In the present era, austerity is taken as the panacea for both the economy and the arts. “The solution to a supposed ‘culture of poverty,’ ” Halle writes, “consists of work requirements and benefit reductions to break the ‘cycle of dependency’ and promote ‘self-reliance.’ The longstanding crisis in classical music is treated by the imposition of market discipline requiring institutions to devise ‘working business models.’ This means in practice supporting themselves predominantly by ticket sales, something which virtually no major orchestra or opera company in history has done successfully and which would require jettisoning most of the defining virtues of the medium.”

More here.

I've spent a lot of time over the years wondering how it was that, even though I grew up in a Republican and Southern Baptist home in a well-to-do Texas suburb, I ended up as a far-left bleeding heart liberal.  Of course, everyone's lives are rich tapestries, but this one might be the straw that broke the camel's back for me, ideologically speaking.  That is, while I was studying theater as an undergrad, I had a dawning realization that my understanding at that time of the way the world works rendered valueless that which I loved, and love, more than anything else in the world, the arts.  From then on, my days as a conservative were numbered.

Neoliberalism, trickle-down, Reaganomics, supply-side economics, free market fundamentalism, conservative economics, whatever you want to call it, is awful for all sorts of reasons, but possibly the worst of them is that what is pushed ostensibly as being about money, taxation, business, the economy, and so on, is, in fact, a philosophy of life in disguise.  It's a very simple philosophy, and embraced by not only our ruling establishment, but also millions of rank-and-file citizens: value is assigned only to that which can be bought and sold--conversely, if something cannot be bought or sold, then it has no value.

Personally, I think the horrific and self-destructive nature of such a philosophy is self-evident.  But we're so far gone as a people in our embrace of this concept that you may not see it like I do.  So think of it this way.  If Mozart cannot fill the seats in an auditorium, while making a profit, then Mozart has no value, at least, none that the establishment, which lives by this philosophy, is willing to take seriously.  Really?  Mozart has no value?  If you honestly think that, then you're a fool.  You discard your own humanity and the humanity of every person you know.  You have more in common with sheep, pigs, and cattle than you do with the human race.  But this is how our society behaves.  Or think of it this way.  Jesus told the rich man to sell all his possessions and give the money to the poor.  And now we have this filthy and heretical "prosperity gospel."  There are no more sacred spaces.  All that's left is dollars and cents.  We might as well bathe in the sewers, we so devalue ourselves as a people.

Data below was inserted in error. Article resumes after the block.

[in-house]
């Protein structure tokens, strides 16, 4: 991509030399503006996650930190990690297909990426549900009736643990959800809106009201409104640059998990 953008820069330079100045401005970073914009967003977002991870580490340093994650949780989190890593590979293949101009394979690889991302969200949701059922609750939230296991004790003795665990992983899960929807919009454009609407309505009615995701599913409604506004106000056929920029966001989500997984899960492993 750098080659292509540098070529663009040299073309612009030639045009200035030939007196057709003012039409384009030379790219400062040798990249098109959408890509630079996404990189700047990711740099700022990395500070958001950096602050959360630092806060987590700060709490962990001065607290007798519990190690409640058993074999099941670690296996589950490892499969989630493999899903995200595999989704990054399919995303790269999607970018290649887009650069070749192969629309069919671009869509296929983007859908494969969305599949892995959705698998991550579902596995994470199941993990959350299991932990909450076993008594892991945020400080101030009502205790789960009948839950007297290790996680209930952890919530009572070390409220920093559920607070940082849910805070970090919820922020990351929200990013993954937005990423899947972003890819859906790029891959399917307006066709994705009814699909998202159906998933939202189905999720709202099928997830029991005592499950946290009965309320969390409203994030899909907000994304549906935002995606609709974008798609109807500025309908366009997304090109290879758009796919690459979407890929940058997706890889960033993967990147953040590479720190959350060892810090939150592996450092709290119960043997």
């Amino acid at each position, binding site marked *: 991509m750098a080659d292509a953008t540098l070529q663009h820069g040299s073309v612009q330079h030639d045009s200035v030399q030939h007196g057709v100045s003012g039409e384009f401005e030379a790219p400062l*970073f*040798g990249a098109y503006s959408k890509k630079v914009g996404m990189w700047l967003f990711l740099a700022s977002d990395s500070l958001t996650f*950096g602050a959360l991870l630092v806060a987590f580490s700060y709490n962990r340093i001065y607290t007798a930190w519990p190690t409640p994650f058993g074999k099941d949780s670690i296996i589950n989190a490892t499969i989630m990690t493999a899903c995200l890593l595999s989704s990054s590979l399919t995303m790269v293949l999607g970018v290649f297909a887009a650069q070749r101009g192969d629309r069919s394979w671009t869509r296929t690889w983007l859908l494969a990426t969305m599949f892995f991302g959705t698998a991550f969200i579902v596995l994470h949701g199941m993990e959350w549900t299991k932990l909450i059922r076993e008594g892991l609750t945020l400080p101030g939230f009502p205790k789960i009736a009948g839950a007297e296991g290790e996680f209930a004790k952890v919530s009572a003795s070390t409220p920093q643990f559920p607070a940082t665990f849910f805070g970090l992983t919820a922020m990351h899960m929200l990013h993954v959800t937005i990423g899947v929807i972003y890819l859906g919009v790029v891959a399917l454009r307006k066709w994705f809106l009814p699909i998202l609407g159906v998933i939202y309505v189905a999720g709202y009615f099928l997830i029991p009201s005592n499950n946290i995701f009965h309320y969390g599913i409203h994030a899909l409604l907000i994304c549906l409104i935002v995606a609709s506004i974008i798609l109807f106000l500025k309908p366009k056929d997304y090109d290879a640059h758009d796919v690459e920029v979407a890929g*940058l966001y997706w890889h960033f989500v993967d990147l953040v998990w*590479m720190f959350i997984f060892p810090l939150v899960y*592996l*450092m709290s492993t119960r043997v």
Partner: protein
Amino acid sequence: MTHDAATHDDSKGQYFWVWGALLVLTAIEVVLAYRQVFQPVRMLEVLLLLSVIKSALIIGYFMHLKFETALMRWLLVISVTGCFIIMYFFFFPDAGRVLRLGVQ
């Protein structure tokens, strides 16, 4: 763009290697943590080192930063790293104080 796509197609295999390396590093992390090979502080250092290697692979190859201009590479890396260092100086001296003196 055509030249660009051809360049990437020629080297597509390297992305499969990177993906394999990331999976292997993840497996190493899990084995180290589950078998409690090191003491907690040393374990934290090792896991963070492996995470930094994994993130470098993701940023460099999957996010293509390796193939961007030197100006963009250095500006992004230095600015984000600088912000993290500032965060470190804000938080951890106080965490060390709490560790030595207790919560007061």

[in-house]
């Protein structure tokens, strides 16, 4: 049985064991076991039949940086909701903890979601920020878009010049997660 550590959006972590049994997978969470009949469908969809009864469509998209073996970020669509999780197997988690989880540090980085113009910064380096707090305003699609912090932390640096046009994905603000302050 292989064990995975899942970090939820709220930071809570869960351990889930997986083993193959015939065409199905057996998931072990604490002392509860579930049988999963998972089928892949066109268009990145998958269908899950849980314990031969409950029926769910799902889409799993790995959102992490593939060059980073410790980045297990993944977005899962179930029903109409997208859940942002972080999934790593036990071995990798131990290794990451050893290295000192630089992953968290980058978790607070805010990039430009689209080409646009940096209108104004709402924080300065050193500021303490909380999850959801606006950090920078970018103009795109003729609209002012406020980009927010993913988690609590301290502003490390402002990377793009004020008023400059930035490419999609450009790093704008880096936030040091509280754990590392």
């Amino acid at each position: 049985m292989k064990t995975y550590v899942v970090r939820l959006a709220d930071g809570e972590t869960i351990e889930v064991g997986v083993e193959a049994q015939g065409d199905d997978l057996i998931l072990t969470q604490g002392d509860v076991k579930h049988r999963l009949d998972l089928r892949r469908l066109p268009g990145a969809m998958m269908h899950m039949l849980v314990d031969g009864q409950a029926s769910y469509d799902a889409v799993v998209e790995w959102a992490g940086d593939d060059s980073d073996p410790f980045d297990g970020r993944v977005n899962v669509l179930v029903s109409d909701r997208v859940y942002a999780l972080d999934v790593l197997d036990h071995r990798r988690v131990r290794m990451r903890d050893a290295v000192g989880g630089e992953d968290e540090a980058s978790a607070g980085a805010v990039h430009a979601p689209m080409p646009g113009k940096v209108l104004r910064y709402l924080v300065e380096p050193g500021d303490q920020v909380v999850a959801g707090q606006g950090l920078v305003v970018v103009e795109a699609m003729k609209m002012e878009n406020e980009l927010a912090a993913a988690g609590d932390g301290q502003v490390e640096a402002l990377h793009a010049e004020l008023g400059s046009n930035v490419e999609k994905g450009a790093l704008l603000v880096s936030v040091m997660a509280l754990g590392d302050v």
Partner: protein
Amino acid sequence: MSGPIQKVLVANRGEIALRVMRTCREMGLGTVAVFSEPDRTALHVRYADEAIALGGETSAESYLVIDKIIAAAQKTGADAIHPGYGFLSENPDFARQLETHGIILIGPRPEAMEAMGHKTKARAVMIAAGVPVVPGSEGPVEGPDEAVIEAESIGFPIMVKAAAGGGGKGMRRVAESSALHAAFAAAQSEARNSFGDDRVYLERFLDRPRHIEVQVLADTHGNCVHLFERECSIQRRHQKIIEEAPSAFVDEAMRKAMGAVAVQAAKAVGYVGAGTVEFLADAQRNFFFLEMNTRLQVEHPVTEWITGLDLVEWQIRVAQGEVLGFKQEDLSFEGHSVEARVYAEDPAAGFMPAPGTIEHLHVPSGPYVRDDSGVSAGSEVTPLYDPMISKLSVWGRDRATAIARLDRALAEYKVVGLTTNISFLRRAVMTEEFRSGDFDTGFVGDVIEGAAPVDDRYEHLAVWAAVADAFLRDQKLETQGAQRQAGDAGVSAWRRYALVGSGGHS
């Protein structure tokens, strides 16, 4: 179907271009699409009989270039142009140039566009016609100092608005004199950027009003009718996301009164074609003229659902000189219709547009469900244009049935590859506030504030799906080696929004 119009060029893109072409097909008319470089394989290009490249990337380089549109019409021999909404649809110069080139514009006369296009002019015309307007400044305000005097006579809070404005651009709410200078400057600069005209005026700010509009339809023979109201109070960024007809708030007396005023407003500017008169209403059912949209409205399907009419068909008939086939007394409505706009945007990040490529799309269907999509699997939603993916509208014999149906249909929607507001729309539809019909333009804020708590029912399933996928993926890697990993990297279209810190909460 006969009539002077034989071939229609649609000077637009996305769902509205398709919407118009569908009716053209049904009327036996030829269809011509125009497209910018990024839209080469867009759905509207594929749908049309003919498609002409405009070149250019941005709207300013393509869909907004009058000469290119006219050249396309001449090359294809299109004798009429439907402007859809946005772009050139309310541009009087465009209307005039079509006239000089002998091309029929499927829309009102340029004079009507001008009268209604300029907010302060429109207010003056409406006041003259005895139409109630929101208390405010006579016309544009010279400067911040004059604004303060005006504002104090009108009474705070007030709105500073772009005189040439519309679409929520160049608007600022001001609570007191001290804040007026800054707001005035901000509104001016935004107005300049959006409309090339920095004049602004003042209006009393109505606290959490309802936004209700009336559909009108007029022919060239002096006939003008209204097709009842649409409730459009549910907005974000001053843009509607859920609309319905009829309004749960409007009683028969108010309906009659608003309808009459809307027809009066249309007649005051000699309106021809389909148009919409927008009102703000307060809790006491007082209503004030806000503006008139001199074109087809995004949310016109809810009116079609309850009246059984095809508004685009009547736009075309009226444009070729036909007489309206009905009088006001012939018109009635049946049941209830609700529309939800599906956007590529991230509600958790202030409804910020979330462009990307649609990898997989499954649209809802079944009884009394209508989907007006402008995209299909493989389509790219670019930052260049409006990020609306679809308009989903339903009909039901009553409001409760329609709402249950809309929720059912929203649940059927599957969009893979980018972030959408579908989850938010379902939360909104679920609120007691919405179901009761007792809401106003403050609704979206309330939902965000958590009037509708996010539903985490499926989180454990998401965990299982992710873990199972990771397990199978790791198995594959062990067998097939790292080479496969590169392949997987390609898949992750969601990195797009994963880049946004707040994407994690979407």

As writer Chris Hedges has asserted, commerce cannot be society's sole concern.  But I think I prefer how the character John Keating put it in Dead Poets Society: "We don't read and write poetry because it's cute. We read and write poetry because we are members of the human race. And the human race is filled with passion. And medicine, law, business, engineering, these are noble pursuits and necessary to sustain life. But poetry, beauty, romance, love, these are what we stay alive for."

If we don't change course right now, if we don't reject this disgusting philosophy that reduces all things to their dollar value, there's just no point in continuing.  Because we're not animals, not robots, not things.  We have a right to live as human beings.


Wednesday, December 04, 2013


From the Washington Post:

Judge declares Detroit eligible for Chapter 9 bankruptcy

Orr will be able to consider pension cuts as part of his final proposal, Rhodes ruled. But Rhodes said he would only allow the cuts if the final reorganization is fair, the Detroit Free Press reported. Unions protested that bankruptcy would threaten the pensions of retirees and current employees.

At a news conference, Orr said selling the city’s art collection was still an option. He said pension cuts would be necessary to emerge from bankruptcy, but that he would work to mitigate the impact.

“We’re trying to be very thoughtful, measured and humane,” Orr said.

An attorney for the American Federation of State, County and Municipal Employees, Sharon Levine, told the Associated Press after the ruling that the union would appeal the decision to the 6th U.S. Circuit Court of Appeals in Cincinnati.